Solutions: BELOW and ODIOUS.

Friday, 15 January 2016

Winners and losers: icon and dozen etc

A little over a year ago I wrote here about words coming and going to and from dictionaries, which – with a few exceptions –  record the current state of [lexical] play. But what makes words come and go out of fashion? I've been thinking of late about two (clusters of) words, with diametrically opposite fortunes in my lifetime. Well, not exactly (symmetrically) opposite. Their rates of change don‘t match. But one goes up and the other goes down.

Up: icon

Things have gone well for icon. Time was when an icon was something you'd associate with Cyrillic script; it was a religious picture:

Its use in that context spawned several related word: iconoclasts (literally the smashers of holy pictures), iconoclasm ...

Then two things happened; one cultural and one technological. The growth of celebrity culture exposed the need for a word for something unique, striking, and representative of its class  – classic, if you'll permit me to use the word IN ITS PROPER SENSE (excuse that little outburst – I know I shouldn't).

The word icon was readily to hand. But a technological breakthrough in the late '60s added its weight to the impetus. Douglas Englebart's Mother Of All Demos, at Menlo Park in 1968 unveiled a system based on the notion of a new sort of computer interface that used windows, a mouse, and a pointer (some sources make the P stand for pop-up menus) – a WIMP interface. And that was windows not the capitalized sort: Apple was first to make a commercial go of this, and young Mr Gates came late to the party. Now, the command-line interface is unknown to many computer users (a majority? – this is neither conclusive nor representative, but more than two-thirds of visitors to this blog use Windows ).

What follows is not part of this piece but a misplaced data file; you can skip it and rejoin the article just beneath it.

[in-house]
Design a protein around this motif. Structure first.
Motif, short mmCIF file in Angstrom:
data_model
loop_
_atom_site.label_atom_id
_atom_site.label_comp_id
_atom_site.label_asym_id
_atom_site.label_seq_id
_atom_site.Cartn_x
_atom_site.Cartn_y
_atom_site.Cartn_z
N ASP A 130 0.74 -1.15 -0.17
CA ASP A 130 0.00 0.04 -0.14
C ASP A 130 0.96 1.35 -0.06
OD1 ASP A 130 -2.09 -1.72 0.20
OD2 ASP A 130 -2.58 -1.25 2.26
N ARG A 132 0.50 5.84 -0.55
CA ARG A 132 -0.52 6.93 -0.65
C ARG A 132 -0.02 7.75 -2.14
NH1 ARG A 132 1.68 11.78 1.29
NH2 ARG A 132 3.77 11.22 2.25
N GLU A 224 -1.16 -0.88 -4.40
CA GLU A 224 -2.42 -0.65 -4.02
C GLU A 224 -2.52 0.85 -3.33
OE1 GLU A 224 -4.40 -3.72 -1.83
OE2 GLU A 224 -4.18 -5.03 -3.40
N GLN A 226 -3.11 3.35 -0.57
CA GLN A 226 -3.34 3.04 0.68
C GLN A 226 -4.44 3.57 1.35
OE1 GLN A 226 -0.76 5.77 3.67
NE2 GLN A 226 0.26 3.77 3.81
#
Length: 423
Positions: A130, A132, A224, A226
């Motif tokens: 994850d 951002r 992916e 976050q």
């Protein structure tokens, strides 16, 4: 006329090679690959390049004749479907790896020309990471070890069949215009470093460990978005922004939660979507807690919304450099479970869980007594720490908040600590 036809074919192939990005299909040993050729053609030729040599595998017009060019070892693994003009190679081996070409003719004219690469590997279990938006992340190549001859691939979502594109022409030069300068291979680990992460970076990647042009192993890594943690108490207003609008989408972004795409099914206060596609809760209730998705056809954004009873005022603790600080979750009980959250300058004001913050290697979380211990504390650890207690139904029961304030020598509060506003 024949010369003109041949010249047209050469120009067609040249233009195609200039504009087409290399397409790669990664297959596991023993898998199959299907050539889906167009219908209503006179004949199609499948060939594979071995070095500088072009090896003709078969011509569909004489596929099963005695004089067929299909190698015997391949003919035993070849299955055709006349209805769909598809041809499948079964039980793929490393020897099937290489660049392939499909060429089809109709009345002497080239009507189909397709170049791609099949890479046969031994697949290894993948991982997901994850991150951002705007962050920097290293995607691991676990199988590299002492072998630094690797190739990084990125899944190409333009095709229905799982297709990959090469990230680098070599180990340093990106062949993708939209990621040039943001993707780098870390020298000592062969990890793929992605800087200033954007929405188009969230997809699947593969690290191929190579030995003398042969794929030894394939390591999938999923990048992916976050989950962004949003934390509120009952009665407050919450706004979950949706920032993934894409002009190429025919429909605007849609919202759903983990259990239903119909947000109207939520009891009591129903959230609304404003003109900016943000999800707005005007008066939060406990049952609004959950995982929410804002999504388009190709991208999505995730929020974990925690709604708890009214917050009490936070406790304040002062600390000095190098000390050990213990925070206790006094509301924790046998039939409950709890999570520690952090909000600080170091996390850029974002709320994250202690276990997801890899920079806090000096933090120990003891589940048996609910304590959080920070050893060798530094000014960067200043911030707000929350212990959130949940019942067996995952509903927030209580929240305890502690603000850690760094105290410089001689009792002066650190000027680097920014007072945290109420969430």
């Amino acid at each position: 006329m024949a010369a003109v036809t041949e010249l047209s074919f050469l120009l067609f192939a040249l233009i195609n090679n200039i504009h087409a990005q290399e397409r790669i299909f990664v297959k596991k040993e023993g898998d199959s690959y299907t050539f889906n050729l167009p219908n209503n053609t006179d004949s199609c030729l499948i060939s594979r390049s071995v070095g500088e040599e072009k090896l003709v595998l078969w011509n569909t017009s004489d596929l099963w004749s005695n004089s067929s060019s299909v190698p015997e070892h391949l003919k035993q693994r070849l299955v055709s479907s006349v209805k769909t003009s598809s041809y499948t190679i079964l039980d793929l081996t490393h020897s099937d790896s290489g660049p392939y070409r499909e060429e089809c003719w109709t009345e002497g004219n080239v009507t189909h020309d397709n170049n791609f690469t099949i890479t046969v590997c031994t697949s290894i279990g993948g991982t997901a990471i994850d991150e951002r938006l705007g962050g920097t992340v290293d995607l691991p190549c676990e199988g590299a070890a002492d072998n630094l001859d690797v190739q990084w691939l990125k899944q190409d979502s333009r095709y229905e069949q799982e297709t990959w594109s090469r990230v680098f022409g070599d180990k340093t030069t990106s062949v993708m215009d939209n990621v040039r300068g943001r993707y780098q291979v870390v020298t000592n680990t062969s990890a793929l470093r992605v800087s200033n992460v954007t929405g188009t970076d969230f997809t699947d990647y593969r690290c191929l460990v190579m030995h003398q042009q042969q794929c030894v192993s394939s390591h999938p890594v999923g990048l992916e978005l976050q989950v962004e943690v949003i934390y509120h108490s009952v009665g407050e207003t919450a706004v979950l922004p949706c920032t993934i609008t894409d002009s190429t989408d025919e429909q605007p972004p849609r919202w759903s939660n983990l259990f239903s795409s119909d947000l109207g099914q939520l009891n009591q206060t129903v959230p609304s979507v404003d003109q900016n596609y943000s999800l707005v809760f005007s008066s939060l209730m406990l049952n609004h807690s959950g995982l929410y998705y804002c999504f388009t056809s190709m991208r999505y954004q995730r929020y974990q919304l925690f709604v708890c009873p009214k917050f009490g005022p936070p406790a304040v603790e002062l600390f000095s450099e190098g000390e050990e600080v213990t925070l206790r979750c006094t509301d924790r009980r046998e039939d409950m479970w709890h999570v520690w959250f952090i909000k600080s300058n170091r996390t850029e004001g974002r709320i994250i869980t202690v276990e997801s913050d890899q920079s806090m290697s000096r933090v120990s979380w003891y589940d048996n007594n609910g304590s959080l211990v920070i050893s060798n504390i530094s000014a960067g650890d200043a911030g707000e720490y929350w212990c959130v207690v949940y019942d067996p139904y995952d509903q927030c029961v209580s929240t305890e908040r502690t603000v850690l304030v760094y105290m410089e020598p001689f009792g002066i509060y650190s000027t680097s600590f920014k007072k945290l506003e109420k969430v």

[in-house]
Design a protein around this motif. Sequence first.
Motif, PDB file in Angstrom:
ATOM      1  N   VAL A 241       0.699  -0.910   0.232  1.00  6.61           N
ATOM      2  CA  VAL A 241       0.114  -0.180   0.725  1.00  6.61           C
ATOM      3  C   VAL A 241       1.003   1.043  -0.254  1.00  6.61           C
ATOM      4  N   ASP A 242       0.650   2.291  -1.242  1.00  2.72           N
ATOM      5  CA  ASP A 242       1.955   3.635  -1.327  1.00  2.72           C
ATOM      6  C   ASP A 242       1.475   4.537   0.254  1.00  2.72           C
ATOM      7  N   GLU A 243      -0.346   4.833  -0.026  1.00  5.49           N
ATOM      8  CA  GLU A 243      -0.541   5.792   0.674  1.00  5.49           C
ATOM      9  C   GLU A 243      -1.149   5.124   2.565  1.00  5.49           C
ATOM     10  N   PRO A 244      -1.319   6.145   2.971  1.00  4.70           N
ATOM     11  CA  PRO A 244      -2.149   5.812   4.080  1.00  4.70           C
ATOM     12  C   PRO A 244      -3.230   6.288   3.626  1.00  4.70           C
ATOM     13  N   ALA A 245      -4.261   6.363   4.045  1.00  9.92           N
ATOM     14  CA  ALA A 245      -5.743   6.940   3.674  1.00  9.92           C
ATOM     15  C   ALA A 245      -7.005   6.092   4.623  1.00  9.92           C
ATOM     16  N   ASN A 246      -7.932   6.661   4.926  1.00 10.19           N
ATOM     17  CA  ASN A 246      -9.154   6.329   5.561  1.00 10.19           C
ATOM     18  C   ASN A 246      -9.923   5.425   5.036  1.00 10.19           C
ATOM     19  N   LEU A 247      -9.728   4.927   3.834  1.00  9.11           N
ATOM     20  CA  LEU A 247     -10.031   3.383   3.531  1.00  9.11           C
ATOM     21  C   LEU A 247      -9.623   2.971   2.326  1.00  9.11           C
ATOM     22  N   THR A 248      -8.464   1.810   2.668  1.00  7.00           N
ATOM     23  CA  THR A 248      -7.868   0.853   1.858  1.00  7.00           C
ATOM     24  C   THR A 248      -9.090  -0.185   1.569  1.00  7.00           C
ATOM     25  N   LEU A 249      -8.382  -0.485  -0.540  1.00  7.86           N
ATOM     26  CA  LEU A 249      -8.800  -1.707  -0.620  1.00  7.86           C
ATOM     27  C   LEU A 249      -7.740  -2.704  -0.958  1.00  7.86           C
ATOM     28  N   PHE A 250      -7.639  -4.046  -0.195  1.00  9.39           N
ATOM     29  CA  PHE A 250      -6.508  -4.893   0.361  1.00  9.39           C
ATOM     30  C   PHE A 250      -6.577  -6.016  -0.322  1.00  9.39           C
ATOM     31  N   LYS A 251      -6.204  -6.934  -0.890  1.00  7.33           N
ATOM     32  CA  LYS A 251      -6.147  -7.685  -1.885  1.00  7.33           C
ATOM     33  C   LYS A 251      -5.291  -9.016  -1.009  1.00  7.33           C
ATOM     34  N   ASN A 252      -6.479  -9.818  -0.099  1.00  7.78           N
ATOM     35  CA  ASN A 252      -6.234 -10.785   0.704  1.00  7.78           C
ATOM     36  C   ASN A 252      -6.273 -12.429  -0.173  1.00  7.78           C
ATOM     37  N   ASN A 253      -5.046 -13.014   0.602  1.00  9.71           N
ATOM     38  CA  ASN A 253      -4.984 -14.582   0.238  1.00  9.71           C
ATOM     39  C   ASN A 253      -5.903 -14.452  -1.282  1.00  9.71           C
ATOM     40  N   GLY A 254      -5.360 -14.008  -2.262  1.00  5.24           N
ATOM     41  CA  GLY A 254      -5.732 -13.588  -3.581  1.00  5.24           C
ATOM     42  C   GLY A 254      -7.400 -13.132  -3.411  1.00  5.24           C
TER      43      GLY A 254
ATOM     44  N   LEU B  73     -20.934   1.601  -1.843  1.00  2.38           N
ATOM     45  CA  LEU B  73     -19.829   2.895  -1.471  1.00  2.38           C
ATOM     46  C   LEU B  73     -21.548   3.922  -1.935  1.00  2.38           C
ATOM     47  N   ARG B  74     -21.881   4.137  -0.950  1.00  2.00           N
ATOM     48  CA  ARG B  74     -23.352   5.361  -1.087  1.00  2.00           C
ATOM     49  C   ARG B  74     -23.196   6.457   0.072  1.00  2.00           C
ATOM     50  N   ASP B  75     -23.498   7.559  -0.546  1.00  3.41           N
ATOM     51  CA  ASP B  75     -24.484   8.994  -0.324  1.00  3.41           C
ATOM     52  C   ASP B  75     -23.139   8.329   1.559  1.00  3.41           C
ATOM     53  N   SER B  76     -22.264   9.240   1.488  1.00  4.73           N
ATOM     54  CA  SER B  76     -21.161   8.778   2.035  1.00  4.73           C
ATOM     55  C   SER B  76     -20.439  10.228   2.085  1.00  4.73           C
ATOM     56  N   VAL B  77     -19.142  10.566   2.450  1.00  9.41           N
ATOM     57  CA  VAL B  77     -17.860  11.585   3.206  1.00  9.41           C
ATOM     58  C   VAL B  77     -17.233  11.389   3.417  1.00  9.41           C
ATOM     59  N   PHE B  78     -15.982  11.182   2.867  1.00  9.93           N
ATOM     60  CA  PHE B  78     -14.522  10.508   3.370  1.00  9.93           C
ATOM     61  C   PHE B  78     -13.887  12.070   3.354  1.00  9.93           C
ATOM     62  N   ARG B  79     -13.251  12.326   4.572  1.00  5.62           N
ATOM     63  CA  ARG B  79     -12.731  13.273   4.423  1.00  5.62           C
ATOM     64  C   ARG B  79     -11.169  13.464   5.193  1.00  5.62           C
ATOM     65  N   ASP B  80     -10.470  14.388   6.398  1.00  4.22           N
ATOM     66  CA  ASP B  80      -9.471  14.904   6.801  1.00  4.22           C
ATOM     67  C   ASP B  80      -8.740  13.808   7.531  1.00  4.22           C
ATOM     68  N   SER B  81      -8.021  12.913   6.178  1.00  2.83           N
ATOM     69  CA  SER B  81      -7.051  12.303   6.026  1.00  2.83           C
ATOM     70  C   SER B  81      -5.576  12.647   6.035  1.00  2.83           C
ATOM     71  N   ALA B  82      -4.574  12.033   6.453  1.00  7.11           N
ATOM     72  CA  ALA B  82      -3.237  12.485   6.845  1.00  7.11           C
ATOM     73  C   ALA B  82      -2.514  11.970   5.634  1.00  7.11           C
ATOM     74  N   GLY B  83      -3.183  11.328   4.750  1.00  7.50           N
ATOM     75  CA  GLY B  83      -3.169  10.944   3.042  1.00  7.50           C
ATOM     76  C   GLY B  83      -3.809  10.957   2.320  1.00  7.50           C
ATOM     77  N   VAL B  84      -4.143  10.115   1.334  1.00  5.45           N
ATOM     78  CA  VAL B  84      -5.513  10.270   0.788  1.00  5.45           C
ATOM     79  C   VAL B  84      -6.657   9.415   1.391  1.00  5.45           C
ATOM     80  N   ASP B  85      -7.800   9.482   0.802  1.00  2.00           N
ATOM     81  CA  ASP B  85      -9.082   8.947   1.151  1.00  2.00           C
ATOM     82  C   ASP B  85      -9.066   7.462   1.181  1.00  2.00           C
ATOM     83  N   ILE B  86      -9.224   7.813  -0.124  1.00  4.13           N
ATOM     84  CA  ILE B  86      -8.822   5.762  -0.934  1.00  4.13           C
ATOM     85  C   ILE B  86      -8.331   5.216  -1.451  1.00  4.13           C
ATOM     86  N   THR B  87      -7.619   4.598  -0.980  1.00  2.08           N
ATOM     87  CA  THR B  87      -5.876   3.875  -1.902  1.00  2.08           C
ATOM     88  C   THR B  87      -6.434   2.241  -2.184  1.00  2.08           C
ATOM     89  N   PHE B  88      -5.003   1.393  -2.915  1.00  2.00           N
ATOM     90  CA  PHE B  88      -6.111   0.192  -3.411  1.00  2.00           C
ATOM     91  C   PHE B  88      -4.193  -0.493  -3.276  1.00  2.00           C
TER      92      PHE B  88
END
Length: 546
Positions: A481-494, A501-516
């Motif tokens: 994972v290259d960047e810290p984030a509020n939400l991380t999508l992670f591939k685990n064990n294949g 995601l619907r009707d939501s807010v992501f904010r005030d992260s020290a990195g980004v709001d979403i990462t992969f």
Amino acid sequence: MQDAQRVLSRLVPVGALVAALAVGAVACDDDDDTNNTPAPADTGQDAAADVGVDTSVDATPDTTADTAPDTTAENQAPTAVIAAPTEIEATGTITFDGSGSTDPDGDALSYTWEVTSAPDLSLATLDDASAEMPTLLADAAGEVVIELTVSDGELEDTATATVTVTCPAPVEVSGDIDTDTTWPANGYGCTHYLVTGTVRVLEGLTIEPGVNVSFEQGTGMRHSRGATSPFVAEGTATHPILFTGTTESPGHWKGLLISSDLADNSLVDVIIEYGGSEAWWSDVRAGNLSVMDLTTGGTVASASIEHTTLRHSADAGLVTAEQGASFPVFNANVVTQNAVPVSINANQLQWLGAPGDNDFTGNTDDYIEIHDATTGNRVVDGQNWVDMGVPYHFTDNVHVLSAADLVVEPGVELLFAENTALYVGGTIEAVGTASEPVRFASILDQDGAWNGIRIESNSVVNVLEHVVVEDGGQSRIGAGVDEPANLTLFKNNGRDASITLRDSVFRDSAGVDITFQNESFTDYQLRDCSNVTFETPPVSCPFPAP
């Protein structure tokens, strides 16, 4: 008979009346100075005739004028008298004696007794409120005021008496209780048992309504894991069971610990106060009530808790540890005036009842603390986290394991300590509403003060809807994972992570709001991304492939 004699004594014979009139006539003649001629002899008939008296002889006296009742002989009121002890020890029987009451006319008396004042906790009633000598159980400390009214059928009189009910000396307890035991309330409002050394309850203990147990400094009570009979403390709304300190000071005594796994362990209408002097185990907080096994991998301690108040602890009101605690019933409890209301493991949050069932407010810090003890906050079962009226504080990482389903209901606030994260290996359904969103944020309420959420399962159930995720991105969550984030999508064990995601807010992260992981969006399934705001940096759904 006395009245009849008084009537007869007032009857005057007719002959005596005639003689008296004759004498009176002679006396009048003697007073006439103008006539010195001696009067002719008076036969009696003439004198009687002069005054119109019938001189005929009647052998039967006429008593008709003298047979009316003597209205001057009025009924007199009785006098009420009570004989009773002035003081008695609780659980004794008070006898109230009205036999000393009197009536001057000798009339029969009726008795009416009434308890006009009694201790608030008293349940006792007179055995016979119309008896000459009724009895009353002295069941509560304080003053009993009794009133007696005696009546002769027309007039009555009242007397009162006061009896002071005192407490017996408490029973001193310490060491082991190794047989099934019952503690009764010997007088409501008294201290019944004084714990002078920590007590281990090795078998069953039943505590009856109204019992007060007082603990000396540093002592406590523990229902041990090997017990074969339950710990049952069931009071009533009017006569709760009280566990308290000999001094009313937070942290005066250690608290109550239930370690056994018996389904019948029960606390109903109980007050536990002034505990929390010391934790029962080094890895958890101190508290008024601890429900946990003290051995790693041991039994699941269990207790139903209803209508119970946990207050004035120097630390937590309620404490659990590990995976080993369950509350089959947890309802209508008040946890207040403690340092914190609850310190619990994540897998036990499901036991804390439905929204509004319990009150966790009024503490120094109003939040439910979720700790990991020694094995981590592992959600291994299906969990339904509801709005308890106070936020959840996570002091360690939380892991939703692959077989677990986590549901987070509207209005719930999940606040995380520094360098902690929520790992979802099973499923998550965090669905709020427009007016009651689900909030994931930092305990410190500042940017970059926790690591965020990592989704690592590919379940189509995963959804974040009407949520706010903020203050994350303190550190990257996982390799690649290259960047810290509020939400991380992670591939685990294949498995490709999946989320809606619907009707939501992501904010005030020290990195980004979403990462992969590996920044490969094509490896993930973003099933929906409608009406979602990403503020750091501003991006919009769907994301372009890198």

Collins Online's "Usage trends" graphs show the affects of these two changes. Starting in the early '70s, usage rocketed:
(Scroll down to the bottom of the  page, 
and wait for it to load)

Down: dozen